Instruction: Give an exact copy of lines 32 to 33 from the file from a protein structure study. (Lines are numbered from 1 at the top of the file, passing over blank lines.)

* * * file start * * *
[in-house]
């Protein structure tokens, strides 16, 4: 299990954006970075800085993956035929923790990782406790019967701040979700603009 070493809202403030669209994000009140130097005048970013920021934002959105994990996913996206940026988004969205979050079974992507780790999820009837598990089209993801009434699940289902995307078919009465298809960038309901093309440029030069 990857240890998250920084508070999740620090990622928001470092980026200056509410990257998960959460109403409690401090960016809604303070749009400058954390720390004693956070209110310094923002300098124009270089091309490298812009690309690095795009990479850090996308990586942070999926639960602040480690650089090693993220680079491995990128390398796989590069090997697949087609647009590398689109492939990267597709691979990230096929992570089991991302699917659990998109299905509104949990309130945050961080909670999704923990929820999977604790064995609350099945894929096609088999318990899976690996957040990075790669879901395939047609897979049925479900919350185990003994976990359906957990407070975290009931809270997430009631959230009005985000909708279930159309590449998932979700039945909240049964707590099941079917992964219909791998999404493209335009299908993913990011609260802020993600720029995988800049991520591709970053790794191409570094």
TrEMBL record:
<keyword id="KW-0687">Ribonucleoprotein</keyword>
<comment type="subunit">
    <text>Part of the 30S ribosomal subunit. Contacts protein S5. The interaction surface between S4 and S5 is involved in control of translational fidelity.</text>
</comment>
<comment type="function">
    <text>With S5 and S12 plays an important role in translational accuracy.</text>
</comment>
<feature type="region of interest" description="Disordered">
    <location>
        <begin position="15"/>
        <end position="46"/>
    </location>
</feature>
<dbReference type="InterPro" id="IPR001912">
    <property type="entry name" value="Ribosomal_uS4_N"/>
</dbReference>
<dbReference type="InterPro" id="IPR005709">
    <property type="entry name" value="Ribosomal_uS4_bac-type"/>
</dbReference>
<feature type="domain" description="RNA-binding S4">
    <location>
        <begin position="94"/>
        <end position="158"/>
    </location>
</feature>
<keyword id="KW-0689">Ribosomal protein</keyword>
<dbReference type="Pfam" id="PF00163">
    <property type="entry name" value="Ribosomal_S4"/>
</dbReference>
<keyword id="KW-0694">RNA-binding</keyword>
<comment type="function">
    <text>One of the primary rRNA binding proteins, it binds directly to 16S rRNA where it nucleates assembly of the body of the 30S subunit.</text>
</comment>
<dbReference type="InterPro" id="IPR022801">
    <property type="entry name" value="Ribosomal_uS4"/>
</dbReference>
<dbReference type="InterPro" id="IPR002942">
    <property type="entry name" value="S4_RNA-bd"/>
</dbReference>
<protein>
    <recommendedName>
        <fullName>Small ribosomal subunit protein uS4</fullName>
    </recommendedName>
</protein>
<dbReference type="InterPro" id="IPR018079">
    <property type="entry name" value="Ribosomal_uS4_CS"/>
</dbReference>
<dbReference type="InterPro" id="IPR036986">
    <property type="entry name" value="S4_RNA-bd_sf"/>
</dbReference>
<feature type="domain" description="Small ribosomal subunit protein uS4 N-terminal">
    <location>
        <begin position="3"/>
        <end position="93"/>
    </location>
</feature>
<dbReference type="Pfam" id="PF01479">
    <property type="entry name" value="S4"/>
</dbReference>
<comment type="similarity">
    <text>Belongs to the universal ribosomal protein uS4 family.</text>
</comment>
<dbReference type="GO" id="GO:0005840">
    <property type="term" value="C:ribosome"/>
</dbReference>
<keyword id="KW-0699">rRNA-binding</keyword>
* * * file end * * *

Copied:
</dbReference>
<keyword id="KW-0694">RNA-binding</keyword>